The United States Department of Transportation’s National Highway Traffic Safety Administration (NHTSA) is expanding the recall of Takata air bag inflators.
The decision follows the agency’s confirmation of the root cause behind the inflators’ propensity to rupture. Ruptures of the Takata inflators have been tied to 10 deaths and more than 100 injuries in the United States so far.
Under a new order issued to Takata recently, the company is required to make a series of safety defect decisions that will support vehicle manufacturer recall campaigns of an additional estimated 35-40 million inflators, adding to the already 28.8 million inflators previously recalled.
These expansions are planned to take place in phases between May 2016 and December 2019. The expansions mean that all Takata ammonium nitrate-based propellant driver and passenger frontal air bag inflators without a chemical drying agent, also known as a desiccant, will be recalled.
The recall phases are based on prioritization of risk, determined by the age of the inflators and exposure to high humidity and fluctuating high temperatures that accelerate the degradation of the chemical propellant.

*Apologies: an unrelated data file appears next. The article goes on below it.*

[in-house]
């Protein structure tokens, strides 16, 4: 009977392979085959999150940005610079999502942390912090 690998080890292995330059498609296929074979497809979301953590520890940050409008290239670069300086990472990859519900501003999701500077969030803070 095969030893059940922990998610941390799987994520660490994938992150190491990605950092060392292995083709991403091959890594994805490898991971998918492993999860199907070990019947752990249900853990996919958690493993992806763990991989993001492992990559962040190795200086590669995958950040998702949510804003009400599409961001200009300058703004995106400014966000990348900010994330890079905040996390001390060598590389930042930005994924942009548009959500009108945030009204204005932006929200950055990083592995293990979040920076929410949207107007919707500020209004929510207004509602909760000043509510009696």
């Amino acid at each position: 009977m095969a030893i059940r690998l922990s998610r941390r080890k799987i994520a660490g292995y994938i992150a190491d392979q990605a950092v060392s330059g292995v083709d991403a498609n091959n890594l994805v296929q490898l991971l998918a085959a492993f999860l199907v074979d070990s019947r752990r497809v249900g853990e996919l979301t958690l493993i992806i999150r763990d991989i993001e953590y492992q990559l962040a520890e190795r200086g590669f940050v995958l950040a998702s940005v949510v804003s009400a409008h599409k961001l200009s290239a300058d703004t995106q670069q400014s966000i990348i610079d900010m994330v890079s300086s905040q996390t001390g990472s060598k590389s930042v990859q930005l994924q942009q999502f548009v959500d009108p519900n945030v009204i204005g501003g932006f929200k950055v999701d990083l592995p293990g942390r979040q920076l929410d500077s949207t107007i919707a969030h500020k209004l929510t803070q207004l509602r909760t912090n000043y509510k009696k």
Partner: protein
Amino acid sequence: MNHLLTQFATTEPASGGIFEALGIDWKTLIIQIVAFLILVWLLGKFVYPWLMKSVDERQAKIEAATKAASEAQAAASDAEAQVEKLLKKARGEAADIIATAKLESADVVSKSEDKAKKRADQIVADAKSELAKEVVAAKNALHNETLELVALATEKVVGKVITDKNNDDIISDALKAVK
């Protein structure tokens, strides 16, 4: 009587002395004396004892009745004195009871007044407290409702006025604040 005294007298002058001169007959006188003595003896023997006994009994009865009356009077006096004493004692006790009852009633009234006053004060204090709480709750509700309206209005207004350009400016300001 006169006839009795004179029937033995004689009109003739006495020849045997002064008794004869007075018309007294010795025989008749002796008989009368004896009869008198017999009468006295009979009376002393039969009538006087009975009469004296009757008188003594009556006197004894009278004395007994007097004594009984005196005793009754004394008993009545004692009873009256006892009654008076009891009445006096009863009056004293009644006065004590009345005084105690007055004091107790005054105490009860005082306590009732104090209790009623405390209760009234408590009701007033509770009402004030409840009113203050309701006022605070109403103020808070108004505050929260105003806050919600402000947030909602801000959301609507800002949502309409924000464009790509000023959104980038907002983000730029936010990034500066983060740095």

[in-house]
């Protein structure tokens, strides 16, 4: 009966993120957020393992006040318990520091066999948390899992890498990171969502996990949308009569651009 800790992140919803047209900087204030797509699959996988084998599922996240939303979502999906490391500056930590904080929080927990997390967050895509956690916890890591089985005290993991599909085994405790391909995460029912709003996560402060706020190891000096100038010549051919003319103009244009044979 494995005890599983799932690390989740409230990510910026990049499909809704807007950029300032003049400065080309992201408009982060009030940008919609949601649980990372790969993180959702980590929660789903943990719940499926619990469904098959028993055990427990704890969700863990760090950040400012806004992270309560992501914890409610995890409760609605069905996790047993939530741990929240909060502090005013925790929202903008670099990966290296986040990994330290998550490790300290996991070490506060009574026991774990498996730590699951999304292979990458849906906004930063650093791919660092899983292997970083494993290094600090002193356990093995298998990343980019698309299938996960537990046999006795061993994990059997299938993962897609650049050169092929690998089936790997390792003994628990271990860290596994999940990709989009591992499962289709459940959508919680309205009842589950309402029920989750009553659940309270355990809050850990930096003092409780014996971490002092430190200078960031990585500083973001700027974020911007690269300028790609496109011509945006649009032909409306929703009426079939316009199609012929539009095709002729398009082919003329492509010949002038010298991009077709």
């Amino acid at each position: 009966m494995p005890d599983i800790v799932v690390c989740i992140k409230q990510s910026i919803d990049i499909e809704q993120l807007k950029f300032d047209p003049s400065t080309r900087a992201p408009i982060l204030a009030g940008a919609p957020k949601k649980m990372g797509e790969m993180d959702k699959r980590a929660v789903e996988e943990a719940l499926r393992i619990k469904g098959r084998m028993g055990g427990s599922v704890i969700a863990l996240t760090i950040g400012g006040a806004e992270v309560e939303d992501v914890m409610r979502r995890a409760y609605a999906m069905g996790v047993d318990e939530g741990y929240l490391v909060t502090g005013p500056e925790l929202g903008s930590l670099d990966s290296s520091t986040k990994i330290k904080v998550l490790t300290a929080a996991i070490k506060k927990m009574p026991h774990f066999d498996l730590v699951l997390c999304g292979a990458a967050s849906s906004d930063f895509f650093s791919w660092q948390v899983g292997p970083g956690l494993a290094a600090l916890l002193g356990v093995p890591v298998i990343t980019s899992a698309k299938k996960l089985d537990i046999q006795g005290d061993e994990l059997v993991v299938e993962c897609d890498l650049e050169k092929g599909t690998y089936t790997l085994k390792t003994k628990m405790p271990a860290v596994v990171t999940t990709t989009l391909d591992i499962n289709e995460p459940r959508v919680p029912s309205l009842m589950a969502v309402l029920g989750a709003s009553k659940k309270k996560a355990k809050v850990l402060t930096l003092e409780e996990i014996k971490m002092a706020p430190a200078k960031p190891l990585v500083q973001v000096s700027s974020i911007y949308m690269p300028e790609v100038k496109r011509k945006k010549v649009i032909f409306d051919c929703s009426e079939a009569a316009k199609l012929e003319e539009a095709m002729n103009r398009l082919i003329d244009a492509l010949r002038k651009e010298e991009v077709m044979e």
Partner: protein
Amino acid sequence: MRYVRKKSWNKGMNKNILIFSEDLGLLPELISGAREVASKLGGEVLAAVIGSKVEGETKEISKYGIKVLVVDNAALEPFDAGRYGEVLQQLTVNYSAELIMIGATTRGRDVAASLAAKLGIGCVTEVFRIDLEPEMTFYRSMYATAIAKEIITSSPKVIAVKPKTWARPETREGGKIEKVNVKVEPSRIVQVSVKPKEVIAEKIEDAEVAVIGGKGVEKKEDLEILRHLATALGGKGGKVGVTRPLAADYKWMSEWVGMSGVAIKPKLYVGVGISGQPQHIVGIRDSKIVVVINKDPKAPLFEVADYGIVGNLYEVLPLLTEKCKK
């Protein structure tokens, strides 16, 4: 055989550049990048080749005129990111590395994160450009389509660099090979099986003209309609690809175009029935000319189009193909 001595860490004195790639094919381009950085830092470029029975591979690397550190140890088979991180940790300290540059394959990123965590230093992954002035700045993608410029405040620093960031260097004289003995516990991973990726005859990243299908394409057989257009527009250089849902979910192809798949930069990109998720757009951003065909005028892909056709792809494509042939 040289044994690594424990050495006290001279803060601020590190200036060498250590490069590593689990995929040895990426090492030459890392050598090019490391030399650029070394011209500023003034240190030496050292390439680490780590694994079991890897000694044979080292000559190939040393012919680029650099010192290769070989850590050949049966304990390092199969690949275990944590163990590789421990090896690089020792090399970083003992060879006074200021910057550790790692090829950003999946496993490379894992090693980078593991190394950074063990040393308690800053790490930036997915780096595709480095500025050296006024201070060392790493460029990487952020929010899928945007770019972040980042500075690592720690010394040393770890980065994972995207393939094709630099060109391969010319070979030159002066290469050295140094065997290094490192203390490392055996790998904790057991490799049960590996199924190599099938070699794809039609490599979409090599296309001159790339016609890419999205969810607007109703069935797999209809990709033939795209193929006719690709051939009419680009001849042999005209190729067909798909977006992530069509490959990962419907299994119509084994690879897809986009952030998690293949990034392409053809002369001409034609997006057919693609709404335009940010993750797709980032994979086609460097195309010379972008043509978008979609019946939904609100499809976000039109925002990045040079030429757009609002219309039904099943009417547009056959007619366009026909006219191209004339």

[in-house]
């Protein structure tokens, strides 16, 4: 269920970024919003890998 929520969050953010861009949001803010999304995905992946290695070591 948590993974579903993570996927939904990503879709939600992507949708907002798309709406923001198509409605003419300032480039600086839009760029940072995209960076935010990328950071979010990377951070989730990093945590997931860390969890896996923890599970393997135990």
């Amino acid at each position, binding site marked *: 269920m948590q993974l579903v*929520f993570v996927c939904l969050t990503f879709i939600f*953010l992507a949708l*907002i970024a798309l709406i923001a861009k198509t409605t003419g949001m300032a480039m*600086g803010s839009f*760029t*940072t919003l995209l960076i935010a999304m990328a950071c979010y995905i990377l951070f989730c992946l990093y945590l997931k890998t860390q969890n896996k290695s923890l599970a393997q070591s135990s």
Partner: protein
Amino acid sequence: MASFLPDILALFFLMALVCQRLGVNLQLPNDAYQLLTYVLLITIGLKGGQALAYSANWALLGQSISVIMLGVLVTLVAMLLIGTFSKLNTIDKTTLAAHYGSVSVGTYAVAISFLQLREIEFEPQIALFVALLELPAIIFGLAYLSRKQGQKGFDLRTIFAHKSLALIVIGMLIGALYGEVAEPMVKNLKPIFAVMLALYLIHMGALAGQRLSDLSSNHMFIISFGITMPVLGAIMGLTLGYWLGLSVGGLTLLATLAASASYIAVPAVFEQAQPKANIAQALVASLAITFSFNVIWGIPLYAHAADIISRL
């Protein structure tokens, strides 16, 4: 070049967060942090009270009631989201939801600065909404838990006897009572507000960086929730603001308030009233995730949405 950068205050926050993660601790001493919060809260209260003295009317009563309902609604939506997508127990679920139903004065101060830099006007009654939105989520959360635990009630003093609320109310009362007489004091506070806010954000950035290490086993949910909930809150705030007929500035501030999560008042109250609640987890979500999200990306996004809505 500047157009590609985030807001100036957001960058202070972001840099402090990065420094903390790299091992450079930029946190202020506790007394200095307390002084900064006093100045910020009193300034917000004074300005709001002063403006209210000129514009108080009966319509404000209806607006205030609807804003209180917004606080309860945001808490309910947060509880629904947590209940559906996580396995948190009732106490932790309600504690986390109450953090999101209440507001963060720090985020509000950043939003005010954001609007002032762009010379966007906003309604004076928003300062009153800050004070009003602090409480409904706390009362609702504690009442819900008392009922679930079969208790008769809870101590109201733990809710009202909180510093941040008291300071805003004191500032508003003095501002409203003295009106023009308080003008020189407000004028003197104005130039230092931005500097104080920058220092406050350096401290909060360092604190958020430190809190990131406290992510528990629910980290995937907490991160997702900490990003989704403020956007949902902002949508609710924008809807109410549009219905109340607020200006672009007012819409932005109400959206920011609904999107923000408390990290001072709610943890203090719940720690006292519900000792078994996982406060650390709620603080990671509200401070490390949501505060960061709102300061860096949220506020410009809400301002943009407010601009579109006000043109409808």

The recall expansion does not include inflators that include a chemical desiccant that absorbs moisture. There have been no reported ruptures of the desiccated inflators due to propellant degradation. Under the Amended Consent Order, Takata is required to redirect its research toward the safety of the desiccated inflators. Absent proof that the desiccated inflators are safe, Takata will be required to recall them under the November 2015 Consent Order.
NHTSA and its independent expert have found the root cause of inflator ruptures. A combination of time, environmental moisture and fluctuating high temperatures contribute to the degradation of the ammonium nitrate propellant in the inflators. Such degradation can cause the propellant to burn too quickly, rupturing the inflator module and sending shrapnel through the air bag and into the vehicle occupants.
“The science clearly shows that these inflators become unsafe over time, faster when exposed to humidity and variations of temperature,” said NHTSA Administrator Mark Rosekind.
According to NHTSA, the Takata airbag recall is the largest and most complex safety recall in U.S. history. Although it involves more than 60 million units, NHTSA and car manufacturers have committed to seek a 100% recall completion rate.